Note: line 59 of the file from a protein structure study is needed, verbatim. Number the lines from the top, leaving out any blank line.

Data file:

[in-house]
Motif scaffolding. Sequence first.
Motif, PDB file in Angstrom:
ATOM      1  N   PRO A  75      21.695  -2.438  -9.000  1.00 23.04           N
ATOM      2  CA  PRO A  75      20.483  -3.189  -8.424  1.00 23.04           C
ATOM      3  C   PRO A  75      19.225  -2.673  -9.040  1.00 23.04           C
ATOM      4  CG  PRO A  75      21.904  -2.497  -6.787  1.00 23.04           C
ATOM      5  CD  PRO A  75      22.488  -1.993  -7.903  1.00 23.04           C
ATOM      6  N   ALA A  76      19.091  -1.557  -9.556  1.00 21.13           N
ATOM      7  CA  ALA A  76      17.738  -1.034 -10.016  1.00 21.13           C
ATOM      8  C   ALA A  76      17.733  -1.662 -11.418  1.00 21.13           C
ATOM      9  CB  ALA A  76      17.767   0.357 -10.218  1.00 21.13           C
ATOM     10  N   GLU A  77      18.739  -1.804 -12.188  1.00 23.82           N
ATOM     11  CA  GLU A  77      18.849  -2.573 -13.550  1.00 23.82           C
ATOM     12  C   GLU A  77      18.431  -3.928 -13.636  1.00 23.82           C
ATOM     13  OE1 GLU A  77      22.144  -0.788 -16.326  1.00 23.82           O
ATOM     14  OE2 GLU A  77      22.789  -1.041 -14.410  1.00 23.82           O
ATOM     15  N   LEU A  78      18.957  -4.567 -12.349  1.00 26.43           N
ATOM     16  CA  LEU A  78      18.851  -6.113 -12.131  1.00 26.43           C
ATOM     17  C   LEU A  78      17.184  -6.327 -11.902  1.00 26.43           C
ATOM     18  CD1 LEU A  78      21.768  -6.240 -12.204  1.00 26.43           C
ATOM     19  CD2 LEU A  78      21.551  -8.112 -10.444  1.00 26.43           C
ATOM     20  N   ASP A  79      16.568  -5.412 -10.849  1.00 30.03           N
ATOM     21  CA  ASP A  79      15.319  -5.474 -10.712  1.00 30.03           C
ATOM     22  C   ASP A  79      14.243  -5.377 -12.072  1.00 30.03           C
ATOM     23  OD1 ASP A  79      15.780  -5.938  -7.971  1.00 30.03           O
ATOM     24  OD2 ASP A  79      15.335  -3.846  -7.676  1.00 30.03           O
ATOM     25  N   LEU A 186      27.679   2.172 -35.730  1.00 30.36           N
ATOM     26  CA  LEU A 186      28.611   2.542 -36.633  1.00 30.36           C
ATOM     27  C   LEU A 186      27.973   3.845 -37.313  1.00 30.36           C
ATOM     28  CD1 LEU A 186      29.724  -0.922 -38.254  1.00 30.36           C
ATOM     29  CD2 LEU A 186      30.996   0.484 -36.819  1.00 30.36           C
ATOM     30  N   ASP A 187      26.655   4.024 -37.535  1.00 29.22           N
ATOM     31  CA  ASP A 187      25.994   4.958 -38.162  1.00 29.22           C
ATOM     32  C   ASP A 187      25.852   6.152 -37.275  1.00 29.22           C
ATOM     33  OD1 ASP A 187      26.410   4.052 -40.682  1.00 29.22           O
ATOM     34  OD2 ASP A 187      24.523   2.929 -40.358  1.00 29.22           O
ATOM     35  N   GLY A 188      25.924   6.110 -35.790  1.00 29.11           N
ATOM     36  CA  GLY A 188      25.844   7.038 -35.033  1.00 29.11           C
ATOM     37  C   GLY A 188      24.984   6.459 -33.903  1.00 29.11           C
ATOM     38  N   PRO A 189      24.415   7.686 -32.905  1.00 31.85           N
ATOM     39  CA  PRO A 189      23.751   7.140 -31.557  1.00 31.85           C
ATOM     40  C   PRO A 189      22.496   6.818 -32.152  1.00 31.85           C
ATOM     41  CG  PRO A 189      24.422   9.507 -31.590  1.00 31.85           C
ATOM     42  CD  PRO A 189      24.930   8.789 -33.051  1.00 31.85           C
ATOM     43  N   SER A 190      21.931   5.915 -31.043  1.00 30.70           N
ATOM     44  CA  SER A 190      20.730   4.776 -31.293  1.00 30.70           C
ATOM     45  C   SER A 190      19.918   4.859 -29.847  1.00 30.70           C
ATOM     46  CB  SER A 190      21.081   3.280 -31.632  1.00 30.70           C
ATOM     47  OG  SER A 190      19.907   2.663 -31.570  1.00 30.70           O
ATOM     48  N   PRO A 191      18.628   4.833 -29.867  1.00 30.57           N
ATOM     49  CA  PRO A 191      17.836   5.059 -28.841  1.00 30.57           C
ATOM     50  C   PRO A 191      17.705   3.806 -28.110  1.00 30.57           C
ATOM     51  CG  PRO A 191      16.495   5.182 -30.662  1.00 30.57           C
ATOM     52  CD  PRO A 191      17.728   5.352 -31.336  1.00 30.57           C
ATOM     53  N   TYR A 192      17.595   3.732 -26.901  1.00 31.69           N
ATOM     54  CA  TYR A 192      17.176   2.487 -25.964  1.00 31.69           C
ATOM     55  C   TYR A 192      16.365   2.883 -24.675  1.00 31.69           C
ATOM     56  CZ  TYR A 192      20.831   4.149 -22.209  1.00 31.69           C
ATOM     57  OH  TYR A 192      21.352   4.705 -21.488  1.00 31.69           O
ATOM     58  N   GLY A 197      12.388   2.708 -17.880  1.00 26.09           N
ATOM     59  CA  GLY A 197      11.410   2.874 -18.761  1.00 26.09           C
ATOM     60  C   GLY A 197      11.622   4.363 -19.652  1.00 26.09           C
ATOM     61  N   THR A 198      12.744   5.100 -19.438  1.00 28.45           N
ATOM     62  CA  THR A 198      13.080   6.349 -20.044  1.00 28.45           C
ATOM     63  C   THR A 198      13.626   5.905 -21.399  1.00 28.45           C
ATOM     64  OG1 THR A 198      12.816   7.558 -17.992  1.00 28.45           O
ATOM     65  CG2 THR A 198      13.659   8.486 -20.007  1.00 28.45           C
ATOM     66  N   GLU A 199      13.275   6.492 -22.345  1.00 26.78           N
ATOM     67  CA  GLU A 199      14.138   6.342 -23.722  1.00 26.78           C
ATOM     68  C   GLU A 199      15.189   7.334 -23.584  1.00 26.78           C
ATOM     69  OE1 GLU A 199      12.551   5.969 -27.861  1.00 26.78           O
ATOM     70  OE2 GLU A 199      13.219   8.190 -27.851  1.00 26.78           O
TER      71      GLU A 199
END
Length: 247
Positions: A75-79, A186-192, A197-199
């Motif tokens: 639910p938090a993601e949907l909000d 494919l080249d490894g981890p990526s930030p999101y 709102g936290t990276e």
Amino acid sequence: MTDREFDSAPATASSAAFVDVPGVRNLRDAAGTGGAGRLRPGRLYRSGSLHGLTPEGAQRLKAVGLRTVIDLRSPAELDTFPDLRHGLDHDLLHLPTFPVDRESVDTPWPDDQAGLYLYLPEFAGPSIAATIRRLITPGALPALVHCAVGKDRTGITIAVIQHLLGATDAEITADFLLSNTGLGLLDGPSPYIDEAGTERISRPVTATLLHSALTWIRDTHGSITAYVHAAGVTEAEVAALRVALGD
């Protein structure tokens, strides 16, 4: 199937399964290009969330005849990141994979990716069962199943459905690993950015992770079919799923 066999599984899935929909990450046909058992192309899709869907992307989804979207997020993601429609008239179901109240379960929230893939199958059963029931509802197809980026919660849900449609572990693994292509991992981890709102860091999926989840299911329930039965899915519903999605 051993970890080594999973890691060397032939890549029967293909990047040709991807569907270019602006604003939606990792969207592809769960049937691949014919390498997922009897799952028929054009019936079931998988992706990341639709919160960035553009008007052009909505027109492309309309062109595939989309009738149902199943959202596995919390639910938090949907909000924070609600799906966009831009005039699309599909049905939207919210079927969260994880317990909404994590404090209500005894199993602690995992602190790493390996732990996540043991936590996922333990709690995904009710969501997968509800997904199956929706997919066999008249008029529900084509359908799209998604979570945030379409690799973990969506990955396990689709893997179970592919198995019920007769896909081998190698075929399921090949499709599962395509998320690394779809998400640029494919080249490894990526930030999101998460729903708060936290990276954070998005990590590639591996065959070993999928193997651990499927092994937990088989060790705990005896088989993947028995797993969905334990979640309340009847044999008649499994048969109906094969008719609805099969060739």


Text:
ATOM     56  CZ  TYR A 192      20.831   4.149 -22.209  1.00 31.69           C